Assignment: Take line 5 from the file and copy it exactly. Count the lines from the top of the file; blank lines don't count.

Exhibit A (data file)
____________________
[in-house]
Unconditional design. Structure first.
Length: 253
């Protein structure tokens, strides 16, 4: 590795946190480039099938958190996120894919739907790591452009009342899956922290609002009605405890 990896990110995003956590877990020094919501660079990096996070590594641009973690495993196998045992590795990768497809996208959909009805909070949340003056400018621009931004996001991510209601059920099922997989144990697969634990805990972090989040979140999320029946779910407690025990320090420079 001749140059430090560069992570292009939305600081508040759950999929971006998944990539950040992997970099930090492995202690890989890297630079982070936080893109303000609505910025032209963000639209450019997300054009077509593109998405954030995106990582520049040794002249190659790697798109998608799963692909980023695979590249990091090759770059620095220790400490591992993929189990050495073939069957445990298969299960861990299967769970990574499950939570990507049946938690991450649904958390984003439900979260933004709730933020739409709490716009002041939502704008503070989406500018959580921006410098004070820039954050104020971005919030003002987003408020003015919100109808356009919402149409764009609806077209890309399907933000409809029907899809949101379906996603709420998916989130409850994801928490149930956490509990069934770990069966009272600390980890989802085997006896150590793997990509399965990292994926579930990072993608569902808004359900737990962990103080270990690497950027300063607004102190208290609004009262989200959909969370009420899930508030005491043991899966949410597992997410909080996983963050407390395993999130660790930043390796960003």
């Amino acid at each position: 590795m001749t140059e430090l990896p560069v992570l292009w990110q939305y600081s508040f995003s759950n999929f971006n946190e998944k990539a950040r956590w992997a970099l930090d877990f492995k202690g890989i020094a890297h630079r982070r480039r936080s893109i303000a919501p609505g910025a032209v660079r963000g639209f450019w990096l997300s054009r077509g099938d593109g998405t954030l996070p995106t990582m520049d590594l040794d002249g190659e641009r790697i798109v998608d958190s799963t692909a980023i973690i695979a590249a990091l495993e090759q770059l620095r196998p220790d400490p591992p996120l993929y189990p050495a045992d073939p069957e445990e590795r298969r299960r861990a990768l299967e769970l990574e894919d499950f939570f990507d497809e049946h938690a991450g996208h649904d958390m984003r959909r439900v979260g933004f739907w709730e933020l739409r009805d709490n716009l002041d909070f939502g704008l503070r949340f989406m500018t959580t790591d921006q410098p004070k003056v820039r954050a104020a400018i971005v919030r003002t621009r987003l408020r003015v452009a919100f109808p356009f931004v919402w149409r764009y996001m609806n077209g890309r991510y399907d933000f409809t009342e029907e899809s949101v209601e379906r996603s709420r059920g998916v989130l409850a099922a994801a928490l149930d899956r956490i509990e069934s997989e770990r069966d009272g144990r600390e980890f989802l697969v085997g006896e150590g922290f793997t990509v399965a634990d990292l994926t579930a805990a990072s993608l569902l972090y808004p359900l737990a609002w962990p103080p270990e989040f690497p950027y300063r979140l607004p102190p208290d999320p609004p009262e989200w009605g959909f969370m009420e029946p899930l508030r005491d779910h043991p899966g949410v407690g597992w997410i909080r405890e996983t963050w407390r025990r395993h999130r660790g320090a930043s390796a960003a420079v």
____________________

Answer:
């Amino acid at each position: 590795m001749t140059e430090l990896p560069v992570l292009w990110q939305y600081s508040f995003s759950n999929f971006n946190e998944k990539a950040r956590w992997a970099l930090d877990f492995k202690g890989i020094a890297h630079r982070r480039r936080s893109i303000a919501p609505g910025a032209v660079r963000g639209f450019w990096l997300s054009r077509g099938d593109g998405t954030l996070p995106t990582m520049d590594l040794d002249g190659e641009r790697i798109v998608d958190s799963t692909a980023i973690i695979a590249a990091l495993e090759q770059l620095r196998p220790d400490p591992p996120l993929y189990p050495a045992d073939p069957e445990e590795r298969r299960r861990a990768l299967e769970l990574e894919d499950f939570f990507d497809e049946h938690a991450g996208h649904d958390m984003r959909r439900v979260g933004f739907w709730e933020l739409r009805d709490n716009l002041d909070f939502g704008l503070r949340f989406m500018t959580t790591d921006q410098p004070k003056v820039r954050a104020a400018i971005v919030r003002t621009r987003l408020r003015v452009a919100f109808p356009f931004v919402w149409r764009y996001m609806n077209g890309r991510y399907d933000f409809t009342e029907e899809s949101v209601e379906r996603s709420r059920g998916v989130l409850a099922a994801a928490l149930d899956r956490i509990e069934s997989e770990r069966d009272g144990r600390e980890f989802l697969v085997g006896e150590g922290f793997t990509v399965a634990d990292l994926t579930a805990a990072s993608l569902l972090y808004p359900l737990a609002w962990p103080p270990e989040f690497p950027y300063r979140l607004p102190p208290d999320p609004p009262e989200w009605g959909f969370m009420e029946p899930l508030r005491d779910h043991p899966g949410v407690g597992w997410i909080r405890e996983t963050w407390r025990r395993h999130r660790g320090a930043s390796a960003a420079v």